2)Ein Sosin - Until its conquest in May 1948, the spring was used by residents of the Arab village of Beit Sosin. Harel, who came out of Beit Mahsir, and Hulda approached each other to see if the road was dangerous to each other.
3)Ma'ale Hateena - there were no fig trees planted on either side, so the supplies were loaded and transported on jeeps, beasts of burden, and porters volunteering on the other side of the Ma'aleh, where the supplies were loaded on trucks traveling to Jerusalem. Iron sculptures of jeeps and trucks can be found here as well. Continuing east, you will come to a steep slope known as "Serpentines," which is best accessed on foot rather than by vehicle.
"Serpentines" - a pleasant walk on a dirt road about 700 meters on the Burma road to the end of a steep slope, where a section of water pipe stands as a monument to the "shipping line," this pipe replacing the main water line to Jerusalem after the Jordanians blew up the pumping station. The pipe was quickly installed in Latrun, and water began flowing through it only one day after the explosion. The following observation was made in the carob parking lot.
The carob parking lot offers a view of the Comb Reserve, as well as a picnic stop and a place to rest.
4)"Ein Hila" - Road junction - Burma Road with "Ayelot Road," this is a road that bypassed Latrun and precedes the Burma Road, on the "Ayalot" traveled primarily armored vehicles of the Givati Corps, nicknamed "Ayelot," at this point, there is a small spring on the side of the road and a picnic parking lot has been set up around it. Continue driving in the direction of a red arrow until you reach Ein Mesila.
5)"Ein Mesila" and the armored parking lot - a well-like spring and an active parking lot with picnic tables, water taps, and children's games such as swings, slides, a sandbox, and more.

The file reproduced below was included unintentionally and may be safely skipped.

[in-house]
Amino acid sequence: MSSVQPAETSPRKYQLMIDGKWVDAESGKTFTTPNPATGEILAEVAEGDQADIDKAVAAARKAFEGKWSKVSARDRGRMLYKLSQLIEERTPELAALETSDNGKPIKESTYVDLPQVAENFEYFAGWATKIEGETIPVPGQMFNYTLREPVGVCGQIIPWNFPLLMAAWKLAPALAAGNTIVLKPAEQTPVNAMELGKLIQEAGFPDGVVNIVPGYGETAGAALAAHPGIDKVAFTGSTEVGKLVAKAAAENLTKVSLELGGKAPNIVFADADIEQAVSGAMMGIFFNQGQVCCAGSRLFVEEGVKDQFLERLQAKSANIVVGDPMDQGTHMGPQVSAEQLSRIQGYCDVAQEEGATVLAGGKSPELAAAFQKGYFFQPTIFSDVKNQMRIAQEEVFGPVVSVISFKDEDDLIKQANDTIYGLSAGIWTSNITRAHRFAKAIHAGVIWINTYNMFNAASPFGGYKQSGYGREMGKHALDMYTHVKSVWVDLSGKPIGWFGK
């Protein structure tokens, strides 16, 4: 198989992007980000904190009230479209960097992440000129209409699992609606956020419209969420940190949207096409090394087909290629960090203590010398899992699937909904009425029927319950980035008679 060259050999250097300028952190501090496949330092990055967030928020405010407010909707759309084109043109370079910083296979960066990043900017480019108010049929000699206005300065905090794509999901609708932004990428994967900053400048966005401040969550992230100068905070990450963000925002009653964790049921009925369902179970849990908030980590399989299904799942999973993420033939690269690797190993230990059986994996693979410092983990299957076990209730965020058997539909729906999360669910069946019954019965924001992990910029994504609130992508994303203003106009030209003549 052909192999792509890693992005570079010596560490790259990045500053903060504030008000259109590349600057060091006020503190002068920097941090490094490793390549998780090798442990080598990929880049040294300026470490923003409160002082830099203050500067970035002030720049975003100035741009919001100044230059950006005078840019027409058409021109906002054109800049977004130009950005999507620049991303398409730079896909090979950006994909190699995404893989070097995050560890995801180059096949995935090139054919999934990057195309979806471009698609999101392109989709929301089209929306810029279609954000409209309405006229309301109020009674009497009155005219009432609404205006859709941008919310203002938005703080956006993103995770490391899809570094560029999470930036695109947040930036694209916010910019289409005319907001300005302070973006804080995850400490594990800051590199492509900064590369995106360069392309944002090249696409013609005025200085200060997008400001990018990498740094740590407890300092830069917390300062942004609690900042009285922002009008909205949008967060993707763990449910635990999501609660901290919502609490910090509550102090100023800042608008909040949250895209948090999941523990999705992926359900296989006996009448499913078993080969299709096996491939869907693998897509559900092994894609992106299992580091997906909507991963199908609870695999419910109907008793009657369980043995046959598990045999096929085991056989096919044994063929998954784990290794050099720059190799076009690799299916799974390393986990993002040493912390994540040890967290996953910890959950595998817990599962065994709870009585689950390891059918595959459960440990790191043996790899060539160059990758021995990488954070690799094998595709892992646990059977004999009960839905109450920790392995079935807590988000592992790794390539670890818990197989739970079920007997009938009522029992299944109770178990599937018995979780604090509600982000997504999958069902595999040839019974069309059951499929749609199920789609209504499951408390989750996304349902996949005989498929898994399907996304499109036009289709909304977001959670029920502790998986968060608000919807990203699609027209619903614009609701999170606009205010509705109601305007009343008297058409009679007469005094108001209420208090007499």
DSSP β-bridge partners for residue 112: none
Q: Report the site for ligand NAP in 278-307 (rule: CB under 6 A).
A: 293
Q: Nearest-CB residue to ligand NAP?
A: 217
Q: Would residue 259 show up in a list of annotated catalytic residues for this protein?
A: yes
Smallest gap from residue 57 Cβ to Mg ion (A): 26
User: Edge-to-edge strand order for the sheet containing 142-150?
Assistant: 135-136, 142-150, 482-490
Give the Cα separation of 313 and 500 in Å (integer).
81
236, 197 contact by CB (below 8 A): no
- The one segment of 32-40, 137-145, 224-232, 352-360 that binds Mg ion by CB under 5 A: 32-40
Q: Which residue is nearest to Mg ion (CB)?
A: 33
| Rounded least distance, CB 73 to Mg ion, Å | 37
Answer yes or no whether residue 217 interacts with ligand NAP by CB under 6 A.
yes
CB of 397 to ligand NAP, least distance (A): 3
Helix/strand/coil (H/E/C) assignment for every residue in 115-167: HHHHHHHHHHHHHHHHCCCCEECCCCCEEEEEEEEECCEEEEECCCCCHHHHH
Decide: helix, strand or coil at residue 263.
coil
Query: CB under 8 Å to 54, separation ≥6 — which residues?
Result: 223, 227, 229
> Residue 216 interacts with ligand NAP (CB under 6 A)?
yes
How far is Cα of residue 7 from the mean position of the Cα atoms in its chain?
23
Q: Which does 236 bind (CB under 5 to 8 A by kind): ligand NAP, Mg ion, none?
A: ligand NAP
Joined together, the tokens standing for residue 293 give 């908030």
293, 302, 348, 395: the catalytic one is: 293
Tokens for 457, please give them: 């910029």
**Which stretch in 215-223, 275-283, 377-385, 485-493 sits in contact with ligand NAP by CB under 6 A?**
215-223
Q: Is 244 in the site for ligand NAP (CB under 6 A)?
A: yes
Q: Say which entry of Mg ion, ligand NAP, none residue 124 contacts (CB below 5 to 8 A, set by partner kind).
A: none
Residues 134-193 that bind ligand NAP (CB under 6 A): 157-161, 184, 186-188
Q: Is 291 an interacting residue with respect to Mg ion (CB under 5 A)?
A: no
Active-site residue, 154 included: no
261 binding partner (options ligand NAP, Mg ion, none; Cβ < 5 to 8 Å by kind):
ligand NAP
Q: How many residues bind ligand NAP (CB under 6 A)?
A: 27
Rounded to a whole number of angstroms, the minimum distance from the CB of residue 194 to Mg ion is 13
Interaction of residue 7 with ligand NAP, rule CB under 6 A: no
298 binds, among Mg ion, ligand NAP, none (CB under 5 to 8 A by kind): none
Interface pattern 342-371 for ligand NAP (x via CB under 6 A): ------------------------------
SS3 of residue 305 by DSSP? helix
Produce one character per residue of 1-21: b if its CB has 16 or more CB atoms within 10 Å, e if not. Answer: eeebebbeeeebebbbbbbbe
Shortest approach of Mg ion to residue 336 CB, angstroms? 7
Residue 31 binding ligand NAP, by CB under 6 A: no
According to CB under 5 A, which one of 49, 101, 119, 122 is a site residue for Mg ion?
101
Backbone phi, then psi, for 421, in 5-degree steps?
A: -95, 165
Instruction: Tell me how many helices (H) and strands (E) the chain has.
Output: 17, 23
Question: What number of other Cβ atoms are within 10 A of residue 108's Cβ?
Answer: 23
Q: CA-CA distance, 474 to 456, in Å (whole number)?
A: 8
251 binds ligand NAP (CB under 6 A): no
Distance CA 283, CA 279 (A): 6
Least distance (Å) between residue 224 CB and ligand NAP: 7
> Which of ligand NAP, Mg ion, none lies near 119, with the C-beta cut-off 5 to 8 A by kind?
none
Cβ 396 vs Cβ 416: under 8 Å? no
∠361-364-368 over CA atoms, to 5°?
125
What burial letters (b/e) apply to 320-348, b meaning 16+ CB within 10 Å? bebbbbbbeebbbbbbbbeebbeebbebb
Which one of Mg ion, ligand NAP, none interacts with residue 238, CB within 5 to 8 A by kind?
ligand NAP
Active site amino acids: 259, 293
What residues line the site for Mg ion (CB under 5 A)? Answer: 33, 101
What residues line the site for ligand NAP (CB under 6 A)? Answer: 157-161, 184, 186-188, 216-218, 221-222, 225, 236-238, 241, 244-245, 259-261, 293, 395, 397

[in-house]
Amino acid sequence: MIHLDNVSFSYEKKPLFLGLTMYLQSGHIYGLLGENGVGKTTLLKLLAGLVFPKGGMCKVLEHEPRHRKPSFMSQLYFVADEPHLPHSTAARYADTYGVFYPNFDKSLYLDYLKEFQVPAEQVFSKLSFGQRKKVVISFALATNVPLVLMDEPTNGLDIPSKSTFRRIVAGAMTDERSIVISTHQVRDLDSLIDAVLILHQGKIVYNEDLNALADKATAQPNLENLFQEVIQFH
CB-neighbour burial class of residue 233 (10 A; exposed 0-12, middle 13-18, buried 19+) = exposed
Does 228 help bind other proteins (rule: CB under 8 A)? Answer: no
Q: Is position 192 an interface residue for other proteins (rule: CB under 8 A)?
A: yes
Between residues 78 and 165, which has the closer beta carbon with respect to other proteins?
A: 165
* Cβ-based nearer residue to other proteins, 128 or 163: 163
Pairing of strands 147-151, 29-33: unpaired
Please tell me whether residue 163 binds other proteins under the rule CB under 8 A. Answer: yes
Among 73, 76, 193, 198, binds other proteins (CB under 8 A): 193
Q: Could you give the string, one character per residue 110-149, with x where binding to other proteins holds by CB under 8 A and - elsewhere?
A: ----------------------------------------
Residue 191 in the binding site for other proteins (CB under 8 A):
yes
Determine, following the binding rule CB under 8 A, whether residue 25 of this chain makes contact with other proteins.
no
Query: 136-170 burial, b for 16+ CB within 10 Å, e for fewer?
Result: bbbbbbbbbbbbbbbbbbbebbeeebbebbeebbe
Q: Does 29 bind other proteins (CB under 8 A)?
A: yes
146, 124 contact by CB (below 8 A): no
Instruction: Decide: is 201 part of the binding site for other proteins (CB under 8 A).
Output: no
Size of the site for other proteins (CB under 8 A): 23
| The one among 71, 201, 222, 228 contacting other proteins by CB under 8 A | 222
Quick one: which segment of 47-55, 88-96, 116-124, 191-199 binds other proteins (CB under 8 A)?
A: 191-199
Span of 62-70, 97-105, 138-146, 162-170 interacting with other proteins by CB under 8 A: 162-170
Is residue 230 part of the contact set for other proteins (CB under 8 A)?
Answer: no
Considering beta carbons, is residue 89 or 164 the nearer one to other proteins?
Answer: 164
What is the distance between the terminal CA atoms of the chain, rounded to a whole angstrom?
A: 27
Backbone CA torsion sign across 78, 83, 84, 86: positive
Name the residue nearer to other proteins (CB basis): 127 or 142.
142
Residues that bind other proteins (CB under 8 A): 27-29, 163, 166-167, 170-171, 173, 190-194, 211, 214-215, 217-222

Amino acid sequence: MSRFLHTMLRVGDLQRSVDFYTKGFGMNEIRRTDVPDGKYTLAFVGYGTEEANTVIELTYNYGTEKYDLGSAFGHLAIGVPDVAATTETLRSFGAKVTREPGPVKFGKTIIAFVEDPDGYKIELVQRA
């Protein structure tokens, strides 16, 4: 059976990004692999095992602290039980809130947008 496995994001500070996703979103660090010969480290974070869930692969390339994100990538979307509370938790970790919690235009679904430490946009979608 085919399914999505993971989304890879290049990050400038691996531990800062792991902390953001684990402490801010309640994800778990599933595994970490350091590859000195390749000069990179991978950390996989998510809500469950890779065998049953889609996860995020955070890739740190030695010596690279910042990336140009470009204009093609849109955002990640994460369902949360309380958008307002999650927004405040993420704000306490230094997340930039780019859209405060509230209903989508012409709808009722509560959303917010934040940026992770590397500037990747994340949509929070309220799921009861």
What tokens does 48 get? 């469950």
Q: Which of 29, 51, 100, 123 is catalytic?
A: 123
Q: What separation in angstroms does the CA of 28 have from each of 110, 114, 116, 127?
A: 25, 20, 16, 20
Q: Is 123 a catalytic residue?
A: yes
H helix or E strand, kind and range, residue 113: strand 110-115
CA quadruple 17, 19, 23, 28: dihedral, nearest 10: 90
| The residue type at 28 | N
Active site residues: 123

6)The next stop is the Sha'ar Hagai lookout point, also known as "Khirbet Katula," which is reached after a moderate drive on a dirt road approximately 250 meters long and indicated by signs. Following Israeli independence, the JNF began construction of the watchtower in 1998, from which there is a spectacular view of the opening of the limestone gate, where a sign telling the story of the battles that took place in the area, as well as a memorial site from the United States and Canada.
7)Those who wish to continue their journey on a mountainous section of the Burma Road can do so by jeeping across Road 38 to the Mahal monument, which is a steep road that leads up to Beit Mahsir (Beit Meir) and marks the end of the Burma Road. This section of the road is only suitable for 4x4 vehicles.
HOW TO GET TO BURMA ROAD?
Those traveling from the west - Masmia Junction - Nachshon Junction - take Road No. 3 to Nachshon Junction, then turn right onto Road No. 44. (Heroic Road).
For those coming from the center, Tel Aviv-Jerusalem, take Road No. 1, turn right at the Latrun Junction, and then take Road No. 3, at the "Brigade 7 "junction, and continue driving to Nachshon Junction. And about half a kilometer after Kfar Uria, turn left onto Road No. 44, Nachshon Junction - Shimshon Junction. Follow the signs to "Mitzpe Harel" and turn left (next to the turn is a Mekorot website) Drive to the Khan plaza Harel via a narrow and winding road."